I saw this in a poly forum a while back, and have been pondering the relative truthfulness of the idea. While it does seem true that adversity often ramps up the growth curve to a peak, this is also where the most trauma tends to happen, and it is advisable not to confuse trauma with growth. Nor does just surviving a challenge mean you've grown from it, it just means you're still standing. Granted, some days, that's a pretty good place to be, but it still seems to me that there needs to be a level of conscious cooperation with the circumstances, regardless of the relative strength or weakness of your position, to lead to growth.

There have been times where I've been talking with someone, and it becomes apparent that they are convinced that their relationships will grow only through adversity or conflict. This is a really dangerous place to be coming from! You're setting yourself up to discount the lessons that come from pleasure and comfort as being less important or valid than the ones that come from pain and anger. At that point, it's pretty inevitable that you'll be actively seeking out things that are uncomfortable or unhappy in the pursuit of growth.

Things happen. Good things happen, hard things happen. What you choose to do, and how you decide to move forward from a given point is where the growth can happen. Within a poly landscape, there are likely to be an above average amount of factors that may pull or push you in one direction or another. Having a strong anchor point within yourself is the first and best place to focus energy when you feel like you "need" someones attention, or that you aren't adequate in a particular relationship capacity. In order to say, "I love you.", one must first understand "I".

Once you know who you are, and have some clarity on how to nurture yourself without others, it becomes much simpler to allow intimacy, with one person, or with many, because you will never lose yourself in that process. Others may enhance your experience in life, highlight your understanding of love and pleasure, intimacy and support, but the core will always remain you.

Growth can happen in quiet moments of reflection, you can learn by watching the experiences of someone dear to you. Growth can sprout in the desert of solitude, explode in a shower of sensual energy, be reflected by a child's laughter, or be expanded by something as simple as reading a thought that had not yet occurred to you personally. See those moments when they happen, and know yourself, and you will grow.

Tuesday, December 1, 2009

Have a Poly, Jolly Christmas!

Or whatever sort of holiday you do celebrate! One of the concerns I see bandied about rather frequently this time of year is how to handle the holidays? How do you split up time? Introduce your partners (people that are voluntarily in your life) to your family (not quite as choice-oriented)? How do you decide who goes to what house or event for a given celebration? How does it impact someone when they are left behind for a particular event? What about the dreaded "Holiday Party" for work? Are there some cans of worms that are better left just hibernating in the refrigerator for another time?

We've worked through several different approaches over the past several years. Particularly memorable was the work holiday party that PG's employer threw a couple years back: He happened to be out of town spending time with another partner, but since the event was at a pretty cool venue, and they throw a good spread, he didn't want the tickets to go to waste, so S and I went to PG's work party. When asked, I merely said that he was out of town, and had asked S to escort me for the evening. He had a fun time on his trip, we had fun at his party.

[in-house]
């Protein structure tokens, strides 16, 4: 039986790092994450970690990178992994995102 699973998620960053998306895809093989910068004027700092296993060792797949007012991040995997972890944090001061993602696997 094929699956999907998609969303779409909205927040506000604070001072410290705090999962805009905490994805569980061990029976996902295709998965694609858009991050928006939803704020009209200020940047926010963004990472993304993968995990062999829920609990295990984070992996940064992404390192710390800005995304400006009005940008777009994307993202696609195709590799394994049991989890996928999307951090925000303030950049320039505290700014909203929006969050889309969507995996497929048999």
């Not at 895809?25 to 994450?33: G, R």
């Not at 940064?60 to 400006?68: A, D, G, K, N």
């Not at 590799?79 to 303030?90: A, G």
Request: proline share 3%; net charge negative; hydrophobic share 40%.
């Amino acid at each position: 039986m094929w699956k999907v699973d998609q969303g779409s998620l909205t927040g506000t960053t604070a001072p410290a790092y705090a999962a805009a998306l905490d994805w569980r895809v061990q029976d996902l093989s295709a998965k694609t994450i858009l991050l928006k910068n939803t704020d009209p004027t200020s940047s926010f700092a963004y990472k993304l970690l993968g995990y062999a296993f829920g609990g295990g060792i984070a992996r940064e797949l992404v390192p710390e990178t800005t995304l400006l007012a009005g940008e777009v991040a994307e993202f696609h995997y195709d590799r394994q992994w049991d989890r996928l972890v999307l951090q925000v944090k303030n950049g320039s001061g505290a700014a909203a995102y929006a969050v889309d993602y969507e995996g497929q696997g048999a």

Last year for Thanksgiving, S's parents were in town for a week or so. He came out to them early in the week as poly, although they were already familiar with the general living situation. That gave them the opportunity to ask questions and brace themselves for impact with the larger family unit. When it came time to have the traditional Thanksgiving feast, they were gracious, curious, and engaged. We also cooked and served a separate meal and spent time with PG's family of origin that day. I was cooked out, but felt great about having supported diverse family connections.

Note: I am strongly in favor of NOT COMING OUT AT MAJOR FAMILY EVENTS!!! There is a certain sick draw toward dropping the poly nuclear bomb at such occasions. Resist the temptation! Sure, by just getting it all out there at once, you won't have to tell a bunch of different people who aren't going to "get it" numerous separate times, you may even avoid being the brunt of some family gossip (good luck with that!), but this isn't all about you! Just tell people in smaller groups, answer the questions, deal with the shock and awe, and be prepared to have people tell you that they always knew there was something different about you/going on. Then, by the time the next family gathering comes along, it's part of the family fabric, weird fabric, but hey, there's always got to be an eccentric, right?

This past week, S was out of state with his family of origin for Thanksgiving. PG and I had extra time to ourselves, and with our daughter, and there were some really great things about that! I also missed S and was happy to see him get home. It's okay to miss someone, it's okay to enjoy couple time, or time with yourself, and it doesn't make anyone less polyamorous to not spend every significant moment in their lives surrounded by all of their connections.

We finished the weekend by hosting a meal here that was open to our friends in the poly community, as they often stand in as our family of choice (particularly for me, as I don't have relations close by). It was much more satisfying than the mandatory family event, because it was a conscious choice.

Bottom line: Don't sweat it! Spend time when, where, and with whom you want. If there's a conflict in events, flip a coin, and come up with another opportunity for the event group that isn't graced with your presence. If someone you care for can't make it to your special family thing, find other ways to show them they are important and valued by you. And remember: there's always next year!